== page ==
Use AFIS? The NIJ needs your help.
The National Institute of Justice (NIJ) needs state and local law enforcement agencies that own an automated fingerprint identification system (AFIS) to respond to a survey assessing the current state of latent fingerprint interoperability. By identifying successes and barriers, results will provide baseline input for analysis and improvement of interoperability over time. NIJ developed the survey in cooperation with the AFIS Interoperability Task Force, which was part of the Subcommittee on Forensic Science that serves the Committee on Science and the National Science and Technology Council. The survey contains questions concerning AFIS product information, AFIS funding (acquisition, upgrades and maintenance), enrollment capabilities, repositories (finger, palm and latent), latent print-related staffing, search capacities, official agreements for searching, and search methods and capabilities from different perspectives, such as state to state and local to state.
The Sensor, Surveillances, and Biometrics Center of Excellence is conducting the survey on behalf of NIJ.
To participate, please contact Mark Persinger at (304) 254-2334 or by email at Mark.Persinger@ManTech.com.
Contact the NIJ through Mark Greene, (202) 307-3384, firstname.lastname@example.org.
Test the drug, not the user
“Touch&Know is the first non-biological drug testing kit offered by a U.S. retailer,” explains Identa Corp.’s CEO Yaacov Shoham. “Touch&Know safely tests the substance, as opposed to the person, and provides immediate results. It is a fully non-invasive method.”
The company has partnered with drugstore.com, making IDenta’s detector kits available to all consumers.
ID a bruise: accidental trauma vs. child abuse
Through the National Criminal Justice Reference Service, the National Institute of Justice (NIJ) has made available a technical report on a technology tool to help differentiate accidental trauma from child abuse. This report is the result of an NIJ-funded project, but was not published by the U.S. Department of Justice.
“Development of a Surrogate Bruising Detection System to Describe Bruising Patterns Associated with Common Childhood Falls” (pdf, 66 pages), Gina Bertocci, Ph.D., P.E., University of Louisville; Raymond Dsouza, M.S., University of Louisville. Authors’ abstracted, edited and excerpted:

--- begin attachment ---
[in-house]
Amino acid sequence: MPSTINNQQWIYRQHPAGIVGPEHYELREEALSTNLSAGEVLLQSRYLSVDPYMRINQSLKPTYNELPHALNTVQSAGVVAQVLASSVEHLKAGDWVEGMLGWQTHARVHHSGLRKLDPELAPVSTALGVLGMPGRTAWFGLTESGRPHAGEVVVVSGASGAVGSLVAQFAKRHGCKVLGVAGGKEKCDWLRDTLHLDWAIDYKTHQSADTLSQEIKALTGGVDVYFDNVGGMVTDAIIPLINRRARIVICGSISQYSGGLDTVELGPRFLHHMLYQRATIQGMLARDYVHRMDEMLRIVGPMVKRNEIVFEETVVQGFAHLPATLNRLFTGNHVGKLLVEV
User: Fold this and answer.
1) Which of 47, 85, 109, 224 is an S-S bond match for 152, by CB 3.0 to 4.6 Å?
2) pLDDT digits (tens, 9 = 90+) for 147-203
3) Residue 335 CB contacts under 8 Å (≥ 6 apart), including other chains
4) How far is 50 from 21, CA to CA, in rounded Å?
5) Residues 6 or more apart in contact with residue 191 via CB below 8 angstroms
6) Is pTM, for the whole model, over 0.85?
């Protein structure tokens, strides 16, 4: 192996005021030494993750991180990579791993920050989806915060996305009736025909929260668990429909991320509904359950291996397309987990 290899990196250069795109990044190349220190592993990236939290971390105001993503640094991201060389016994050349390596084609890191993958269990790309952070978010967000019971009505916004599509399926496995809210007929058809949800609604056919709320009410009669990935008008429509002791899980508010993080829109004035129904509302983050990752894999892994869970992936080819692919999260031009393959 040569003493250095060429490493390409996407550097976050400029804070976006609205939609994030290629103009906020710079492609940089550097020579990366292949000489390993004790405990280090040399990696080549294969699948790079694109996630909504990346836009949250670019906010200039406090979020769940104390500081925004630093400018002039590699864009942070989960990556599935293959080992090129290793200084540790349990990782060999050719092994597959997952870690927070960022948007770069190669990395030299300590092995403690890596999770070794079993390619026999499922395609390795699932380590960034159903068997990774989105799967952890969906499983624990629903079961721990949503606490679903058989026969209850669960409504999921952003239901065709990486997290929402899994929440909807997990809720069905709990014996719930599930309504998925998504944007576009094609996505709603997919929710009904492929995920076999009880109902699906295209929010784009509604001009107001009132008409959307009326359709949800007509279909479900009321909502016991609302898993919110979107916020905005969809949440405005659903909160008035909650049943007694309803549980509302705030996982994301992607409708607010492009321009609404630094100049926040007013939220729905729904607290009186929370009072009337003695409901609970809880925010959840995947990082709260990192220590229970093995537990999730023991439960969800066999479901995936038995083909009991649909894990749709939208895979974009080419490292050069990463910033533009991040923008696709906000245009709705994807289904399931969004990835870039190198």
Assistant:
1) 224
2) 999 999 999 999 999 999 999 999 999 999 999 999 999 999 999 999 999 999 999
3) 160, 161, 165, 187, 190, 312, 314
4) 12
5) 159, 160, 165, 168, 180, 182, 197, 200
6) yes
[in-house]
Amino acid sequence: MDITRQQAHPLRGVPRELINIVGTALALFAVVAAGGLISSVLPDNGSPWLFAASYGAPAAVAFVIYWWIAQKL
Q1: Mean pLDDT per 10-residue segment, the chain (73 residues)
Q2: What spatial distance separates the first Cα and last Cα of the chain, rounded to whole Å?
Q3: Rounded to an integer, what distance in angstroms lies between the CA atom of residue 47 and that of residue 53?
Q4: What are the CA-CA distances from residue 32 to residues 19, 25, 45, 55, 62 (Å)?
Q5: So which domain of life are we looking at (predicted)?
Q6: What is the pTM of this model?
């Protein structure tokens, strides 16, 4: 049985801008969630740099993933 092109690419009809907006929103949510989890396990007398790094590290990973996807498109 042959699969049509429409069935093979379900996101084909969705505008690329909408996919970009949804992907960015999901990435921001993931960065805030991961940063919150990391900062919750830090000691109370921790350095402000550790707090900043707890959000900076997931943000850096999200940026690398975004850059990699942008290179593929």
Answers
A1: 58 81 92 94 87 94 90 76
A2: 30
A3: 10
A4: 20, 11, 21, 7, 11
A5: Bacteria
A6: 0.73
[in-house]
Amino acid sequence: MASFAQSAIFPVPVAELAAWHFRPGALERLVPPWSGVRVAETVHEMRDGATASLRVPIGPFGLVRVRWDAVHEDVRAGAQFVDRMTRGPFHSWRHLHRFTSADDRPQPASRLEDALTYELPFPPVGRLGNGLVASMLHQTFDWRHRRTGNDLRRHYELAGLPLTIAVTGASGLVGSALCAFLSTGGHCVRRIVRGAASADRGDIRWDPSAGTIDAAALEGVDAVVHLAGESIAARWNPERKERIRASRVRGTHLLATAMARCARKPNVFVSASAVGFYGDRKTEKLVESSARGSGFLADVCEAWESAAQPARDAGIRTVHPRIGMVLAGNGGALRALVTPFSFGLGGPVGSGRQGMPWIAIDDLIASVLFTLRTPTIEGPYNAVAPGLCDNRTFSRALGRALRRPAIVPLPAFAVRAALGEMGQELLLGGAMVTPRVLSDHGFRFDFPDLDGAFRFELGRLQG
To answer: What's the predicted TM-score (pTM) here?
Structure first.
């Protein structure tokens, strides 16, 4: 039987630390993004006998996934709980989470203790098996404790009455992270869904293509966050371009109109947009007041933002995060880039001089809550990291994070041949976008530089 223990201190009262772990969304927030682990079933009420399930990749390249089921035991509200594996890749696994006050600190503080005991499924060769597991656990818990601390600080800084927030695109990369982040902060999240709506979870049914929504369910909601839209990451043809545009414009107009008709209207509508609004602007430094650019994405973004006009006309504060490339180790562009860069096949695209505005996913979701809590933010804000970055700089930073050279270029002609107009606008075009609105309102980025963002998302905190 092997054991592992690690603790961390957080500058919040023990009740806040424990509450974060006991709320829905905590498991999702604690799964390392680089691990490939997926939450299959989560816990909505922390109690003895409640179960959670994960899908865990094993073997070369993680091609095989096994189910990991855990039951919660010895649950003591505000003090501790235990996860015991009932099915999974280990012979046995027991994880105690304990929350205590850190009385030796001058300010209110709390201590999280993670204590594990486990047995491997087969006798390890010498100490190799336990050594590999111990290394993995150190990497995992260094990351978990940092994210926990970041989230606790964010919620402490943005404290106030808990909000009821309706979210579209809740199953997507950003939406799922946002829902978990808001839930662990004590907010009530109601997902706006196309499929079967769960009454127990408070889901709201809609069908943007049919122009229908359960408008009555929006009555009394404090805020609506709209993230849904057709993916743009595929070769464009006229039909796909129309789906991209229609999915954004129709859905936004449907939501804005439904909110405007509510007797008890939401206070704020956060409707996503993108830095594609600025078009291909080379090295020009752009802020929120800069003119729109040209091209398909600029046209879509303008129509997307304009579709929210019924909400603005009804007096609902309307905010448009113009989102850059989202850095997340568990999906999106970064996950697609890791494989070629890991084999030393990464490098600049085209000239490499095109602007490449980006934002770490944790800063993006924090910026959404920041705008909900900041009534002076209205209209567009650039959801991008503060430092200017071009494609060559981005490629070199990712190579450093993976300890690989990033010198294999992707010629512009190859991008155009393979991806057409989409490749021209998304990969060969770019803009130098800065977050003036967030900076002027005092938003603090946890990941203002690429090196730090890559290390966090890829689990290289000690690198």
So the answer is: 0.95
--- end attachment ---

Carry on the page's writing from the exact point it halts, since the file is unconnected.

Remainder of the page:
…The research goal was to design and develop a prototype surrogate bruising detection device having the capability to predict potential bruising patterns in children, when adapted to a test dummy used to simulate common household fall events often stated as false scenarios in child abuse. The project included development of a “sensing skin” that can be adapted to a commercial test dummy representing a 12-month-old child, along with a data acquisition system and software capable of displaying sensor output and location on a 3D representation of a human surrogate.
Here’s your handbook on handling biological evidence
“‘The Biological Evidence Preservation Handbook: Best Practices for Evidence Handlers,’ created by the Technical Working Group on Biological Evidence Preservation, offers guidance for individuals involved in the collection, examination, tracking, packaging, storing and disposition of biological evidence. This may include crime scene technicians, law enforcement officers, healthcare professionals, forensic scientists, forensic laboratory managers, evidence supervisors, property managers, storage facility personnel, lawyers, testifying experts, court staff members, and anyone else who may come in contact with biological evidence. While many of the recommendations relate to the physical storage, preservation, and tracking of evidence at the storage facility, this handbook also covers the transfer of the material between the storage facility and other locations, and discusses how the evidence should be handled at these other locations.”